What is the Circle of 5ths?

scales Nov 27, 2017

If you've been playing piano for a while, but haven't heard of the circle of 5ths, boy are you missing out.  This is gonna me an awesome lesson for you.  This will really help you understand your scales, and you're going to love'em.  Just bare with me here.  

What are 5ths?

First, you need to know what a 5th is.  a 5th is just an interval, the amount of space between two notes.  Here's an example

AB = 2nd, AC = 3rd, AD = 4th AE = 5th  

If you go past G, you just start over in the alphabet.  

FG = 2nd, FA = 3rd, FB = 4th, FC = 5th  

That's all a 5th is.  Now what happen if you just went up the piano in 5ths?  What notes would you have?  

C G D A E B F# C# G# D# A# E#(F) B#(C)

And what would happen if you went down by 5ths?  GF = 2nd GE = 3rd, etc.

C F Bb Eb Ab Db Gb Cb Fb Bbb(A) Ebb(D) Abb(G)  

That's every note on the piano spelled with either sharps or flats using the circle of 5ths.  Now, what does that all mean?  Well, here's the cool thing

Learning Your Sharps

When playing pieces within certain key signatures, you are going to have a number of black keys.  If the song is in C major, there are no black keys, if it's in B major, there will be a lot.  How do you know how many sharps a particular key signature has?  Well, just use the circle of 5ths.  

The awesome thing is that when you build major scales a 5th away from each other, each 5th will then add a sharp or flat to that scale depending on if you go up or down.  

Example:

C major scale has no black keys (no sharps or flats)
G major has 1 sharp (F#)
D major has 2 sharps (F#, C#)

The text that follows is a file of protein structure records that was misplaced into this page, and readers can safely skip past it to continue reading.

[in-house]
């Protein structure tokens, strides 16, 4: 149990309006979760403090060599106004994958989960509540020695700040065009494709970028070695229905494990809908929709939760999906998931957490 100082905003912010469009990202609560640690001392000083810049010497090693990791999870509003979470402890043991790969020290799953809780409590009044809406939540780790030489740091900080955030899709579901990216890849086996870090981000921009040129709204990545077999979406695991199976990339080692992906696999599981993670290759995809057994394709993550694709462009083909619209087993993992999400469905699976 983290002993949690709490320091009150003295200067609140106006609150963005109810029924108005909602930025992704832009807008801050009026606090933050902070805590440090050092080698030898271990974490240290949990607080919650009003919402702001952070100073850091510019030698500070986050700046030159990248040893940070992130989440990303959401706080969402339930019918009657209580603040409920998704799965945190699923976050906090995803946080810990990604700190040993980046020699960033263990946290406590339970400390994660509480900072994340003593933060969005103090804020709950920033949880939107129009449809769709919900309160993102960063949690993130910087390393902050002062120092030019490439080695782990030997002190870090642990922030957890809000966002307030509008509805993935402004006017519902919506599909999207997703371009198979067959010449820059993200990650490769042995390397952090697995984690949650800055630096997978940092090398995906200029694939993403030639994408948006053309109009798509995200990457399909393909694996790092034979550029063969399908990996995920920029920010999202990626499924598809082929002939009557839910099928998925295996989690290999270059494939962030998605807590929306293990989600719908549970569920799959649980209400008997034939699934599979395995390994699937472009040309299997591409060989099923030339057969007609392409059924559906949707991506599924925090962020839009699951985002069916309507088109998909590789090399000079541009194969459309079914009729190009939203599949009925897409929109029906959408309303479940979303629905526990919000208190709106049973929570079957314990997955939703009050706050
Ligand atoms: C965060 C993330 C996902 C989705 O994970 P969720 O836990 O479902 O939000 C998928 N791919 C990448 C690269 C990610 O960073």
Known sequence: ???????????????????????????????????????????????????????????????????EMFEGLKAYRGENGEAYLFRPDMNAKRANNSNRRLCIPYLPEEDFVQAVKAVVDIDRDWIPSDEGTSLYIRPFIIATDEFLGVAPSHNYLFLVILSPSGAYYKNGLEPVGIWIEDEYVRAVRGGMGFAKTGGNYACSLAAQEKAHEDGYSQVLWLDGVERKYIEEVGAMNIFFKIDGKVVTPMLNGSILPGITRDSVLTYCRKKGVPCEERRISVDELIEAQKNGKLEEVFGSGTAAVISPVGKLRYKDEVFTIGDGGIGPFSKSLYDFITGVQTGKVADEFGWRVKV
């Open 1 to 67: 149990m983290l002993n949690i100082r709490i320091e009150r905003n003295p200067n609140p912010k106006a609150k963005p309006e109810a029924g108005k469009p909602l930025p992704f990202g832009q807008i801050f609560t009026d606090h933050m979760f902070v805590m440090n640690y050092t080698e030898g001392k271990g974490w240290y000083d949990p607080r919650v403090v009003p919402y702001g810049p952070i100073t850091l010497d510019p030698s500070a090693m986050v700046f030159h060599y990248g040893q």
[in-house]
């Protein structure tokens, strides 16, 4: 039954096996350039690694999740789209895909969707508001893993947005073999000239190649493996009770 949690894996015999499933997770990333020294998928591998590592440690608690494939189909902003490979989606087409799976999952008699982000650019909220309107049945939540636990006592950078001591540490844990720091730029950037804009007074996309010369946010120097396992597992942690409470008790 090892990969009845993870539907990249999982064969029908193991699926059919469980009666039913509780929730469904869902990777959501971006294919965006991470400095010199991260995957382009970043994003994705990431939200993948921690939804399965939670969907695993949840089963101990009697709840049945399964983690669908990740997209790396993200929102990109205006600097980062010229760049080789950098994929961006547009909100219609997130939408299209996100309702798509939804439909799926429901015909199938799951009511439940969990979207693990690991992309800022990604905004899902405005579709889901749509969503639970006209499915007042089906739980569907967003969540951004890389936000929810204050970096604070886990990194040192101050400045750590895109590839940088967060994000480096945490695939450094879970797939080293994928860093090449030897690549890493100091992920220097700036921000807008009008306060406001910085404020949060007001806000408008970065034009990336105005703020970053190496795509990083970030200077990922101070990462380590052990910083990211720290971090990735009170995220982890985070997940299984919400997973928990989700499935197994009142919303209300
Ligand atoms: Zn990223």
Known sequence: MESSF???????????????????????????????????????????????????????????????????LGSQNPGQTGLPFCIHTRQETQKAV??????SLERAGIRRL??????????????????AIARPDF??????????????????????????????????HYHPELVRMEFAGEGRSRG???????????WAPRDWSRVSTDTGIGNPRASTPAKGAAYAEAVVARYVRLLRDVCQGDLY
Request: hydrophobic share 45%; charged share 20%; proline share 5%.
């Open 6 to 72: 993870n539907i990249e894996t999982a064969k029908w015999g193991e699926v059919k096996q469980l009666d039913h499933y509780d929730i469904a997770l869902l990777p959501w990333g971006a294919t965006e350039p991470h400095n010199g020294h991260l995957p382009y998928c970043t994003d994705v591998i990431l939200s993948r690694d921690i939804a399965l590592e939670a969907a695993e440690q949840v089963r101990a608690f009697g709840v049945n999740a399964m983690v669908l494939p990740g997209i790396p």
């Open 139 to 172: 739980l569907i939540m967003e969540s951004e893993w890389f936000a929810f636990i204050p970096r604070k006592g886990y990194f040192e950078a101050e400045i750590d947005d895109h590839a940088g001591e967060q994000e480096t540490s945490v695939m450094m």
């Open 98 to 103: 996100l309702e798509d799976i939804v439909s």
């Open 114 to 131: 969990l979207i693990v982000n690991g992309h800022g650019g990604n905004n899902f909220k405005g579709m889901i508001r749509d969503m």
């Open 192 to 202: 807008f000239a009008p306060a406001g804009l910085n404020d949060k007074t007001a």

A major has 3 sharps (F#, C#, G#)

COOL TRICK!  - the additional sharp will always be 1 step below the new major scale (G major adds an F#, D major adds a C#, etc.)

What about Flats?

For flats, you only have to memorize the first flat, and then the additional flat will just be what the next 5th down key signature will be, (the 1st flat is Bb)

C major has no flats
F major has 1 flat (Bb)
Bb major has 2 flats (Bb, Eb)
Eb major has 3 flats (Bb, Eb, Ab)

And so on and so forth.  Pretty neat.  

So here's the cool thing, let's say you know a piece is in the key of E major, and you don't know how many sharps it has, just go up the circle of 5ths (or down) until you find it.  

C, G, D, A, E (that's 4 away, 4 sharps, (add the note below each), F#, C#, G#, D#

What about Db?  It's a flat, so you go down the circle of 5ths.  

C, F, Bb, Eb, Ab, Db (that's 5 away, 5 flats, (add the next 5th each), Bb, Eb, Ab, Db, Gb

That's one way of figuring out how many sharps or flats any particular major scale or key signature has.  Hope this has been helpful.  

Below is a picture of the circle. It uses sheet music to describe which notes are sharp or flat, but the formula still applies. (Note: I grabbed this from Wikipedia, hope he doesn't mind)

 

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